One day after visiting with family, I planned to take my dog for a walk. However, midway through our dinner together, I started having the beginnings of a headache (which I rarely get). By the end of the meal, my head felt really fuzzy. I decided it would be a good idea to take it easy (although my miniature schnauzer looked sad when I didn't get her leash out).
What’s behind this? I have a theory – the Saharan Air Layer, an atmospheric phenomena in which sand and dust from the Sahara Desert in Africa travel across the Atlantic Ocean. It turns out that the Saharan Air Layer is a common issue in the summer. This video from NASA shows the progression of this dust, in this case to the Amazon Basin.
While common, this layer of atmospheric dust does pose a health risk. Researchers have found that these episodes can result in increased asthma attacks and headaches. Therefore, it’s a good idea to take precautions during this time frame when the Saharan Air Layer is in the atmosphere. (The dust is expected to thin out over the next few days around states and nations located on the coast of the Gulf of Mexico.)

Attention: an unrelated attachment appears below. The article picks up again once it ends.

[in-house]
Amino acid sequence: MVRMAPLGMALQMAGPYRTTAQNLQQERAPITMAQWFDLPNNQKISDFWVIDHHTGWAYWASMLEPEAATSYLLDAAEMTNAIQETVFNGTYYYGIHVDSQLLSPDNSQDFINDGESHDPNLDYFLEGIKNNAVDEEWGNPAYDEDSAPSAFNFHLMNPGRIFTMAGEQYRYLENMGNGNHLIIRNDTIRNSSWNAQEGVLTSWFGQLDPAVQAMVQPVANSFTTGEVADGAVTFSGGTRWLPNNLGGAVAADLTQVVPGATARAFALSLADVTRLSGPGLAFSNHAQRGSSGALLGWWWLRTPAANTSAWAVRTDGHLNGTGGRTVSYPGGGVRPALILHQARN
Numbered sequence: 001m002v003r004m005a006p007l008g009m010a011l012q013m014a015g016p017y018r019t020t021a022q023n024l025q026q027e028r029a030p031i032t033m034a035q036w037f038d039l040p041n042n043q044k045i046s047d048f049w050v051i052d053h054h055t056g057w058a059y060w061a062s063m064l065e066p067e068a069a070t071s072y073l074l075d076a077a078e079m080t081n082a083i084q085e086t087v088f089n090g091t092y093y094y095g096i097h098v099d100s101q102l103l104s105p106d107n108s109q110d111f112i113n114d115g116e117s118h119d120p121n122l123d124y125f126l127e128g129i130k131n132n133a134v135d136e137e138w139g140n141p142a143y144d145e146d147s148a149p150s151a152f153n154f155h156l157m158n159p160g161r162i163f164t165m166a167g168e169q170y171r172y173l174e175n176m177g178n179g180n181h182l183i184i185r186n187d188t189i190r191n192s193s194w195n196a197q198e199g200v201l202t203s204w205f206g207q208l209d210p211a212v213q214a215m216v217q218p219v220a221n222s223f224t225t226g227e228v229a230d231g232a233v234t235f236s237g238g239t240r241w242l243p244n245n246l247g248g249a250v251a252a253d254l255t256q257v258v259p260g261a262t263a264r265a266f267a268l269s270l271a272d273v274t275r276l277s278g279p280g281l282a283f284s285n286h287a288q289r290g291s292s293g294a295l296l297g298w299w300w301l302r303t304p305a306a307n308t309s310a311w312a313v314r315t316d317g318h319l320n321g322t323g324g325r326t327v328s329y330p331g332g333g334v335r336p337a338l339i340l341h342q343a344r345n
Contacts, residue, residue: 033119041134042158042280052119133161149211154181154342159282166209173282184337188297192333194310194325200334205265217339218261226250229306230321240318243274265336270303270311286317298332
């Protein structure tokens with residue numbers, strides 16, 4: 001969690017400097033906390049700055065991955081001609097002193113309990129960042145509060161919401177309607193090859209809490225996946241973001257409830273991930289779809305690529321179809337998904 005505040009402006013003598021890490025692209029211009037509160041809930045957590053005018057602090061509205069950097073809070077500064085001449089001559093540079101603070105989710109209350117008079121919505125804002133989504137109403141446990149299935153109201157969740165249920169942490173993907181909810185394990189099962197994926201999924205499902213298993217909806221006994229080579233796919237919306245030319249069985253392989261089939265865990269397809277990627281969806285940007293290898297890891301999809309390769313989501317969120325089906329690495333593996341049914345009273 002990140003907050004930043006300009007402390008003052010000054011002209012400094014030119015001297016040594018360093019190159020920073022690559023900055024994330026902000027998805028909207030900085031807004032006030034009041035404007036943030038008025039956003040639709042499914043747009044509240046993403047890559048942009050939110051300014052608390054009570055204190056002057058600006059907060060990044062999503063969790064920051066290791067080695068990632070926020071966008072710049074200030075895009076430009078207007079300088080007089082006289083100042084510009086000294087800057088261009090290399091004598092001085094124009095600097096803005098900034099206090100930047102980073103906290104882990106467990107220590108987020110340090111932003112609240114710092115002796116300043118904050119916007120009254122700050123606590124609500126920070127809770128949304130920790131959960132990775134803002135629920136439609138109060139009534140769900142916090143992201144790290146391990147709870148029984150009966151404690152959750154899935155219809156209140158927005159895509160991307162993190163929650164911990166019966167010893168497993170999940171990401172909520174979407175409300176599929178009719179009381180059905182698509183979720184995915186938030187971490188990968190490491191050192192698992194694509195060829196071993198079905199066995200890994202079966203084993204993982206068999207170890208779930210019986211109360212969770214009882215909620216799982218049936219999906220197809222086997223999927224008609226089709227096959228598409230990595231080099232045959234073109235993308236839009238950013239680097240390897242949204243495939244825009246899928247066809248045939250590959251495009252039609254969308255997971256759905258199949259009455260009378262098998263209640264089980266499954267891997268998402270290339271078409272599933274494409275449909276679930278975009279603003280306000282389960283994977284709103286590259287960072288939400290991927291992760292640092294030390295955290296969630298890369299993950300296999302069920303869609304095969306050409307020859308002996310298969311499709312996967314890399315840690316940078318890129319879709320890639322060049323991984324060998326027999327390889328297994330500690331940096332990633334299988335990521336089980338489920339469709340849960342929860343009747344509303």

Until then, I’d recommend the following:
- Limit outdoor exercise and activity - This isn’t the best time to be exercising outdoors (or doing things that require major exertion, like mowing the grass). Therefore, if at all possible, limit your outdoor time and chores until later in the week when the dust clears out of the atmosphere. This is especially important if you have asthma or chronic obstructive pulmonary disease (COPD).
- Lower your intensity level – As I learned, even if you are indoors, you may experience the effects of this dust. Therefore, I’d encourage you to lower your intensity levels even while exercising indoors.
- If you start feeling strange, stop your activity – While I’m sure you already know this, I want to reiterate that this sand and dust can really result in serious physical harm if you have an underlying condition. Therefore, be extra vigilant in monitoring how you feel while exercising.
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Primary Sources for This Sharepost:
Doganay, H., et al. (2009). African Dust-Laden Atmospheric Conditions Active the Trigeminovascular System. Cephalagia. PubMed.gov.
Fradella, Z. (2015). Saharan Dust Making for Hazy Skies Across Southwest Louisiana. KPLCTV.com.